North Korea has started issuing new bank notes in an apparent effort to flush out privately hoarded cash reserves, according to South Korea's National Intelligence Service (NIS).
In a briefing to a parliamentary committee, the NIS said the new notes were issued from July 30, Yonhap news agency reported Friday.
Old bank notes can be exchanged or used for an unspecified grace period after which they will cease to become legal tender, the NIS said.
"This is apparently aimed at compelling people to cough up their cash hoards," Lee Cheol-Woo, a lawmaker with the ruling Saenuri Party, told Yonhap after Thursday's briefing.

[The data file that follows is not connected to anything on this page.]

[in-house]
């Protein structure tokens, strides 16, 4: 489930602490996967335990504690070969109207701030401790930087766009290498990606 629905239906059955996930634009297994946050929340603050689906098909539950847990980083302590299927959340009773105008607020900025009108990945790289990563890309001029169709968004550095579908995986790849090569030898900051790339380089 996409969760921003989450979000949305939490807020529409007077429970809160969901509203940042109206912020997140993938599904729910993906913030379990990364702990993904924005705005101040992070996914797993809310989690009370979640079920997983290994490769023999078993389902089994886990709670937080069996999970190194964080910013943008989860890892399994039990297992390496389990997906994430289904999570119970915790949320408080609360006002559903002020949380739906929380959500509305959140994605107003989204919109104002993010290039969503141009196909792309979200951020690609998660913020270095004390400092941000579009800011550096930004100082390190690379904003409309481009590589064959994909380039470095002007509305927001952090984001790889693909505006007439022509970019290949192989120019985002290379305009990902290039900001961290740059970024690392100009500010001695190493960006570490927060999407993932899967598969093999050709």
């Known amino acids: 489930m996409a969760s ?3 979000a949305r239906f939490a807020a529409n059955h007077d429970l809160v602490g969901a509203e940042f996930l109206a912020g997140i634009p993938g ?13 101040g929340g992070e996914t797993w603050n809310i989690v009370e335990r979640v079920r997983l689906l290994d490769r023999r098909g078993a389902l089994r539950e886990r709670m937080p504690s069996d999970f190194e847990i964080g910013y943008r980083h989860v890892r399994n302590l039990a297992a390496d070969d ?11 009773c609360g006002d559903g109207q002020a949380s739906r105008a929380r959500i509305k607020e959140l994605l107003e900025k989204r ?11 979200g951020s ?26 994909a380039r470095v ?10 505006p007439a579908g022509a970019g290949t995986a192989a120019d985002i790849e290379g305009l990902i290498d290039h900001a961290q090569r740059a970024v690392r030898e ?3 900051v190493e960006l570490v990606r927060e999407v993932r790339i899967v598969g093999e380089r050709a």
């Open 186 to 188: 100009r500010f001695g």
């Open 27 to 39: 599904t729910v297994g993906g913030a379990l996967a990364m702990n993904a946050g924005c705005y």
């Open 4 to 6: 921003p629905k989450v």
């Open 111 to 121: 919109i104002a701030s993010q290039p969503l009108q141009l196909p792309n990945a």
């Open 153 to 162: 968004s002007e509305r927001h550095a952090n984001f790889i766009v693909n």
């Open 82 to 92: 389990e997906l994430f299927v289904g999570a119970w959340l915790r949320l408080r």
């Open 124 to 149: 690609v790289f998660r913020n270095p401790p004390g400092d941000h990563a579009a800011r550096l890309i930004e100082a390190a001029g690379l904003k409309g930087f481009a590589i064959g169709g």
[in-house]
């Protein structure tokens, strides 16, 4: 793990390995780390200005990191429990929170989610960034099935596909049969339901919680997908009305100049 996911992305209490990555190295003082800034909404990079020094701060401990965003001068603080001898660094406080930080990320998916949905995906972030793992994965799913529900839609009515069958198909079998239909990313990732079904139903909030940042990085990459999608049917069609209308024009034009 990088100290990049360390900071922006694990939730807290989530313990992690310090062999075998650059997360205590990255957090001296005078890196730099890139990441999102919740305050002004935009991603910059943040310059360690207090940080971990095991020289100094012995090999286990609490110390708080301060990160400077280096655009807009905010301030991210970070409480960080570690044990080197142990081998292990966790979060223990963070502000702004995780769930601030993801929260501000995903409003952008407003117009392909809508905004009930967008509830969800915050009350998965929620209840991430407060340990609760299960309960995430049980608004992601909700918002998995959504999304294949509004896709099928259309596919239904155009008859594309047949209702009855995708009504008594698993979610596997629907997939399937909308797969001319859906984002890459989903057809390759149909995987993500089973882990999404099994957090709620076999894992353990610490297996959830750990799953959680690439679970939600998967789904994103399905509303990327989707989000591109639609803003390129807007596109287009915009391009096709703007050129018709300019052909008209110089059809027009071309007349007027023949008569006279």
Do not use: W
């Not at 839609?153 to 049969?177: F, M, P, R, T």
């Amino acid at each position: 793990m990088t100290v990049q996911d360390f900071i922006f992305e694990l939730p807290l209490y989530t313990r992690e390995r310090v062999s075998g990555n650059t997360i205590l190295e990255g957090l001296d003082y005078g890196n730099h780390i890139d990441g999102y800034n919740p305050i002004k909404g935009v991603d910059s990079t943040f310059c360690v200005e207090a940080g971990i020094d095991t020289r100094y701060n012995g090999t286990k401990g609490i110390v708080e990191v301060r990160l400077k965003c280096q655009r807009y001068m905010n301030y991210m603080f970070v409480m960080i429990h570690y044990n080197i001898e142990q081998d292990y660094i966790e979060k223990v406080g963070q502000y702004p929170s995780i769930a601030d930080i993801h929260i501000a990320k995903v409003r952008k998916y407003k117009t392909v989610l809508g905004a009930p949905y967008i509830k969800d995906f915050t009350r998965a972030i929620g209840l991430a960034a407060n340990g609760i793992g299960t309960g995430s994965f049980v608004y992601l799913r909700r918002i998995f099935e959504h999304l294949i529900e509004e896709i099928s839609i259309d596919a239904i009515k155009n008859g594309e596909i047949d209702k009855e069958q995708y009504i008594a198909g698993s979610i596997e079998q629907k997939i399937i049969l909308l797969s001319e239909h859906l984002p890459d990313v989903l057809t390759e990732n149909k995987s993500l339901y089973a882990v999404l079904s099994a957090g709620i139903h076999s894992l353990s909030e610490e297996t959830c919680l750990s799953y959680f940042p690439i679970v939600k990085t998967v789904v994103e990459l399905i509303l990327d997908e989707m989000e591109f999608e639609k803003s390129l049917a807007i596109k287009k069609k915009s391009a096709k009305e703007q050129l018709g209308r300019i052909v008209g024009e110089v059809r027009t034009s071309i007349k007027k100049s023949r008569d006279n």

North Korea has a thriving black market which has, to some extent, supplanted the state goods distribution system.
The widespread use of other currencies, especially the Chinese yuan, has also given rise to an unofficial currency exchange system.
The issuance of the new notes did not appear to be accompanied by any actual currency reform like the disastrous revaluation attempted in 2009.
Implemented during a backlash against emerging private markets, the devaluation wiped out personal savings and triggered rare public protests.